Veteran Hong Kong lawmaker Frederick Fung breaks ranks to contest Kowloon West by-election, threatening pan-dems’ bid to regain veto power in Legco
Despite fellow democrat Lau Siu-lai submitting her nomination papers for the November 25 poll, Fung throws his hat in the ring, upset at the camp’s strategy
Fed up with the pro-democracy camp’s contingency plan for the Kowloon West by-election, veteran lawmaker Frederick Fung Kin-kee broke ranks on Tuesday to announce he would be one of three candidates in the November 25 poll.
Fung’s decision pitted him against the camp’s choice – ousted lawmaker Lau Siu-lai – who also submitted her nomination papers to the Election Affairs Commission. It threw the camp’s campaign strategy into disarray and raised fears of a split vote.
The third candidate was Chan Hoi-yan, who announced she would run as an independent. The former political assistant to popular ex-health minister Ko Wing-man was backed by the pro-establishment camp.
This by-election is crucial for the pro-democracy camp. Winning would help it regain veto power in the Legislative Council, where 16 of them represent geographical constituencies, compared with the other side’s 17.
Fung said he threw his hat in the ring as he was unhappy the camp had decided on another veteran, Lee Cheuk-yan, as Lau’s backup, in case election officials do not approve her candidacy.
He pledged to not start campaigning unless Lau was barred. If her candidacy was confirmed, he would bow out of the race.
Lau was among six lawmakers disqualified from Legco between 2016 and last year after a Hong Kong court ruled they had taken their oaths improperly. She spent eight minutes saying her oath, pausing for five to seven seconds between every word.
In recent years, several applicants have been banned from elections, judged unfit to uphold the Basic Law because of their stated beliefs. This happened most recently at the March by-election held for four of the ousted lawmakers’ seats.
A returning officer from the Election Affairs Commission barred Demosisto member Agnes Chow Ting’s application on grounds that her party advocated self-determination for the city and had called for a referendum to decide its political future.
On Tuesday, Lau signed a declaration stating her acceptance of Hong Kong as an inalienable part of China.
The lecturer at Polytechnic University’s Hong Kong Community College, who won her first Legco election in Kowloon West in 2016 with slogans calling for Hong Kong’s self-determination, recently removed at least two articles illustrating the idea from her personal website.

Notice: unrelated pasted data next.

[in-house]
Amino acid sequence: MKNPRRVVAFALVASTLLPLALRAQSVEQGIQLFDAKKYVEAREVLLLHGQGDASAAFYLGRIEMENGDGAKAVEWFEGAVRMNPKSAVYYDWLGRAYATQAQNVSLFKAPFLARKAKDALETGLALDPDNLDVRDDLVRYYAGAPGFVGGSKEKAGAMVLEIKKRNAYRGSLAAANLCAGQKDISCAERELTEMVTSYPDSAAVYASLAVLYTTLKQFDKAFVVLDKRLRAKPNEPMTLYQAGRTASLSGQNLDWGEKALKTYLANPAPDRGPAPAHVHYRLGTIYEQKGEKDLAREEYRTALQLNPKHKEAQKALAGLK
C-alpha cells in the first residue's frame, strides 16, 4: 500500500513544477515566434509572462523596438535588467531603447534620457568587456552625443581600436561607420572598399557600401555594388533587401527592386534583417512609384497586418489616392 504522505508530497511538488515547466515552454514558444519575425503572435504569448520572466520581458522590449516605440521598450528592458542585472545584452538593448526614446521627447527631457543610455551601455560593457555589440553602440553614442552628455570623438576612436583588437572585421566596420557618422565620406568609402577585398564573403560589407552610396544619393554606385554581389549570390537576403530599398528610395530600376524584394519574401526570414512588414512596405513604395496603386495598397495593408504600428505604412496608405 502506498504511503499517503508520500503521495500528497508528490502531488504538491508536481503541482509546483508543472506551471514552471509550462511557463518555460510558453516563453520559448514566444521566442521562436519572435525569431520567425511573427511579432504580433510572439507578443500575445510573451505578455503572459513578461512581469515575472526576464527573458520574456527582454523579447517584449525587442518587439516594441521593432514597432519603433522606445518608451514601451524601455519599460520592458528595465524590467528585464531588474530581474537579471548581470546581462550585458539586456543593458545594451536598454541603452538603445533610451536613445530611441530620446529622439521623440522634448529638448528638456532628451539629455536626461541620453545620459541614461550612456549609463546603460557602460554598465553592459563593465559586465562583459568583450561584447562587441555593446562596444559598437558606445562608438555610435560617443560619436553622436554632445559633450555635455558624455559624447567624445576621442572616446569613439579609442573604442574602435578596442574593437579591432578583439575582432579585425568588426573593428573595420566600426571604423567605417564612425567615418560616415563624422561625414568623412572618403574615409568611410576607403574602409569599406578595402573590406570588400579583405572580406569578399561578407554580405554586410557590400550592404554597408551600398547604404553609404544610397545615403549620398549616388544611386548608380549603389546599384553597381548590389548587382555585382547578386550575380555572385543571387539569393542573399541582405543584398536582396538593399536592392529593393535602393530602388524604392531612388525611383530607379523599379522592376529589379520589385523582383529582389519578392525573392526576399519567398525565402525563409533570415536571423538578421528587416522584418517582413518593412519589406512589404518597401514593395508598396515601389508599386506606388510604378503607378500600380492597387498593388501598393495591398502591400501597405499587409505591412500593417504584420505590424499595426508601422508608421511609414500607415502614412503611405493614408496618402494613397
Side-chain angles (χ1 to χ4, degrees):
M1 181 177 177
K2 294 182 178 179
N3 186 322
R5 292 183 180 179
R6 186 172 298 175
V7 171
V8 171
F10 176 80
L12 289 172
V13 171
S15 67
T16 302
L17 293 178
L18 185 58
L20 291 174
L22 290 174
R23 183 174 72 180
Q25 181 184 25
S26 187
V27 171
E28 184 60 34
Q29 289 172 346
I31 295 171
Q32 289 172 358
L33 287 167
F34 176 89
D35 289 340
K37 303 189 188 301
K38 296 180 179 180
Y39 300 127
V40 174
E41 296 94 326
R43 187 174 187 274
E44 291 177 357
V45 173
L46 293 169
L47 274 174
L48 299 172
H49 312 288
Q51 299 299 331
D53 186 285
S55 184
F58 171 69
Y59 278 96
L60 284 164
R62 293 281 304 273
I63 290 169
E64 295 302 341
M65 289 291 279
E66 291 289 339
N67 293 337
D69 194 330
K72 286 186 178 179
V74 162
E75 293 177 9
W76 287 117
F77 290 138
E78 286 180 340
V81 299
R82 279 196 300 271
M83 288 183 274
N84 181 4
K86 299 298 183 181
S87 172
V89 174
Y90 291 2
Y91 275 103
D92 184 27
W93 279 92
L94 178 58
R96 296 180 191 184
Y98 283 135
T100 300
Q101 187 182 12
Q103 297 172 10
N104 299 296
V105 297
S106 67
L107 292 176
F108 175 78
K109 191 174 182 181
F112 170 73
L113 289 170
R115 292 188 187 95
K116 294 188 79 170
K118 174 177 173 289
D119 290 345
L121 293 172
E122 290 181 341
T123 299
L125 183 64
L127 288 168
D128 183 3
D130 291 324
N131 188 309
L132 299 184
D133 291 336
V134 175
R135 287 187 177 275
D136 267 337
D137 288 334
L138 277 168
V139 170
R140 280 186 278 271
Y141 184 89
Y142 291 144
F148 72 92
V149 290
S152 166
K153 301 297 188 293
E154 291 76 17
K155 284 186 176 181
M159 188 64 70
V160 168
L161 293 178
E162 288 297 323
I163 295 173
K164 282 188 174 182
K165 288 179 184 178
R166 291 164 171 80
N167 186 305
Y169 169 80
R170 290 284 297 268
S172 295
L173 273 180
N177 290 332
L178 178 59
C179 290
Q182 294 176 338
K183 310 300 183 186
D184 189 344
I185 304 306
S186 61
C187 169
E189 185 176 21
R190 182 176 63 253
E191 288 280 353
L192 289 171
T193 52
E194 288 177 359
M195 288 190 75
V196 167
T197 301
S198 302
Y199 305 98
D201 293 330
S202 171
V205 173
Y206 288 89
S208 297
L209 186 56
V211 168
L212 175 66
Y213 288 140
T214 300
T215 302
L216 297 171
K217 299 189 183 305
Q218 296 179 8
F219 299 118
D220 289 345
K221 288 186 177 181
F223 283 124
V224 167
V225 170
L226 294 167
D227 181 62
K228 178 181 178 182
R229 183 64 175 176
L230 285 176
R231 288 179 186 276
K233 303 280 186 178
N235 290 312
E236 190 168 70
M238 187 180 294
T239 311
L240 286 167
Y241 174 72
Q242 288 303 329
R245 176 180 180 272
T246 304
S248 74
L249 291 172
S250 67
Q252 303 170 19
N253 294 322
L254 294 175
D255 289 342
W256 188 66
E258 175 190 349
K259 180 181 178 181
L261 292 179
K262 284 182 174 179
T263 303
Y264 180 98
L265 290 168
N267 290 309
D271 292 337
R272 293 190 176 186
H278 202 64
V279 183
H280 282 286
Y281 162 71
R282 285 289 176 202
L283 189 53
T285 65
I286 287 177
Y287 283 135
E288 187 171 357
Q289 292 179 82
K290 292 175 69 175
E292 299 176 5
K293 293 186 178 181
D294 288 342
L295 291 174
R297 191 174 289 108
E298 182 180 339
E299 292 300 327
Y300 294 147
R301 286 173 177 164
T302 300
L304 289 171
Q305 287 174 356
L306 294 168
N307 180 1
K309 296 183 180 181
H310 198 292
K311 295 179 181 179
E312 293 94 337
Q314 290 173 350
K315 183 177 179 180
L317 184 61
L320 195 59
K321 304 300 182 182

Asked about this on Tuesday, Lau seemed to distance herself from her previous calls, refusing to reveal if she would still advocate self-determination, merely saying her political ideals would be explained in a written manifesto.
“I have never supported calls for Hong Kong independence,” Lau said outside the Kowloon City Government Offices, where she submitted her papers with 2,000 signatures backing her nomination. Representatives from more than 10 pro-democracy groups flanked her, which she said showed the camp’s “spirit of unity”.
Fung recently abandoned the Association for Democracy and People’s Livelihood, which he co-founded three decades ago, in what was seen as a move for him to run as an independent in the by-election.
On Tuesday he showed up later than Lau, alone. He said he had 147 nominations.
Political observer Dr Chung Kim-wah said Fung’s decision had caused uncertainty for the pan-democrat campaign, as Fung was popular, had spent years working in the district and would easily attract thousands of votes.
“The vote share difference between the pro-democracy and the pro-Beijing camp in Kowloon West is very close,” said Chung, an assistant professor at Polytechnic University’s department of applied social sciences.
“It will be a tough war for the pro-democracy camp.”
The camp already lost its chance to secure a separate seat in the same constituency, during the March by-election. Edward Yiu Chung-yim, also ousted during the oath-taking saga, lost to the pro-Beijing camp’s Vincent Cheng Wing-shun. Analysts said Yiu did not do enough on-the-ground campaigning or coordinate well with other pro-democracy parties.
Meanwhile, Chan chose to downplay her association with political parties, in an effort to appeal to voters in the middle, and announced a crowdfunding campaign to raise HK$1.1 million for her bid.
Making the announcement at a playground in Kowloon City, she emphasised her connection to the area, saying she grew up there.
The only well-known names on stage with her were Cheng, from the city’s largest pro-establishment party, the Democratic Alliance for the Betterment and Progress of Hong Kong (DAB), and her former boss Ko.
“Society in recent years has been polarised, with a lack of tolerance, respect and mutual trust, without even rationality at times,” she said.
Chan was not the pro-establishment camp’s top pick. That was Ko, but he turned it down, and the camp settled for Chan in the belief that her background and health knowledge would endear her to a wider audience.
Sources said the camp was not keen on fielding a party candidate, as it already had three of Kowloon West’s five other seats. If its candidate won the by-election and the camp had four seats, it would face problems in the 2020 election as there would be fighting among the parties if all four lawmakers sought a second term.
A DAB source confirmed this was why the party decided not to nominate a member for the November 25 by-election.
Name Frederick Fung Kin-kee
Occupation Full-time politician
Political affiliation Independent, formerly of the Association for Democracy and People’s Livelihood (1986-2018)
Name Lau Siu-lai
Occupation Lecturer at Polytechnic University’s Hong Kong Community College
Political affiliation Labour Party, Democracy Groundwork
Name Chan Hoi-yan
Occupation CEO of social enterprise Sounds Great
Political affiliation Independent